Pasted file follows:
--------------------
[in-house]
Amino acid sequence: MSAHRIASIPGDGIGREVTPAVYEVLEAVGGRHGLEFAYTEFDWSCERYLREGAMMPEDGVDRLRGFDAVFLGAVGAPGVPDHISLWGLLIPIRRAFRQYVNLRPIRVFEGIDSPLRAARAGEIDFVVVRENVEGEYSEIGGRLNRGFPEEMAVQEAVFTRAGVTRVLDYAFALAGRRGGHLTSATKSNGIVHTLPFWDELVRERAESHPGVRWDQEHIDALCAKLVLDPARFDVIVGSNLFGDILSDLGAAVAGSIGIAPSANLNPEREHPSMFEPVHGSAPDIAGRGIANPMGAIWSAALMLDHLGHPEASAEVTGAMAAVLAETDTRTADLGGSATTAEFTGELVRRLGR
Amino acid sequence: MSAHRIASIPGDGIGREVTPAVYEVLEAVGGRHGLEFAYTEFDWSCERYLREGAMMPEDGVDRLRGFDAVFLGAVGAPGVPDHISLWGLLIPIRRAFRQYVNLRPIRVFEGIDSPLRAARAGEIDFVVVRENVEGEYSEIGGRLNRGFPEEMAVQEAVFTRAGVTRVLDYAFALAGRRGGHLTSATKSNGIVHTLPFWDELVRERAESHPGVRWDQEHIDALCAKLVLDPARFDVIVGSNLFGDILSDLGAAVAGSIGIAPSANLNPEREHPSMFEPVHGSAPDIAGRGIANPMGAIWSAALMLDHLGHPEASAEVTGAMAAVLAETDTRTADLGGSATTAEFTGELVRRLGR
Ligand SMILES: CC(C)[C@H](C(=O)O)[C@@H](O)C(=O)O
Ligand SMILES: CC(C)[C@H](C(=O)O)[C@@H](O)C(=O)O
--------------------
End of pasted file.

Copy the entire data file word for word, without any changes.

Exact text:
[in-house]
Amino acid sequence: MSAHRIASIPGDGIGREVTPAVYEVLEAVGGRHGLEFAYTEFDWSCERYLREGAMMPEDGVDRLRGFDAVFLGAVGAPGVPDHISLWGLLIPIRRAFRQYVNLRPIRVFEGIDSPLRAARAGEIDFVVVRENVEGEYSEIGGRLNRGFPEEMAVQEAVFTRAGVTRVLDYAFALAGRRGGHLTSATKSNGIVHTLPFWDELVRERAESHPGVRWDQEHIDALCAKLVLDPARFDVIVGSNLFGDILSDLGAAVAGSIGIAPSANLNPEREHPSMFEPVHGSAPDIAGRGIANPMGAIWSAALMLDHLGHPEASAEVTGAMAAVLAETDTRTADLGGSATTAEFTGELVRRLGR
Amino acid sequence: MSAHRIASIPGDGIGREVTPAVYEVLEAVGGRHGLEFAYTEFDWSCERYLREGAMMPEDGVDRLRGFDAVFLGAVGAPGVPDHISLWGLLIPIRRAFRQYVNLRPIRVFEGIDSPLRAARAGEIDFVVVRENVEGEYSEIGGRLNRGFPEEMAVQEAVFTRAGVTRVLDYAFALAGRRGGHLTSATKSNGIVHTLPFWDELVRERAESHPGVRWDQEHIDALCAKLVLDPARFDVIVGSNLFGDILSDLGAAVAGSIGIAPSANLNPEREHPSMFEPVHGSAPDIAGRGIANPMGAIWSAALMLDHLGHPEASAEVTGAMAAVLAETDTRTADLGGSATTAEFTGELVRRLGR
Ligand SMILES: CC(C)[C@H](C(=O)O)[C@@H](O)C(=O)O
Ligand SMILES: CC(C)[C@H](C(=O)O)[C@@H](O)C(=O)O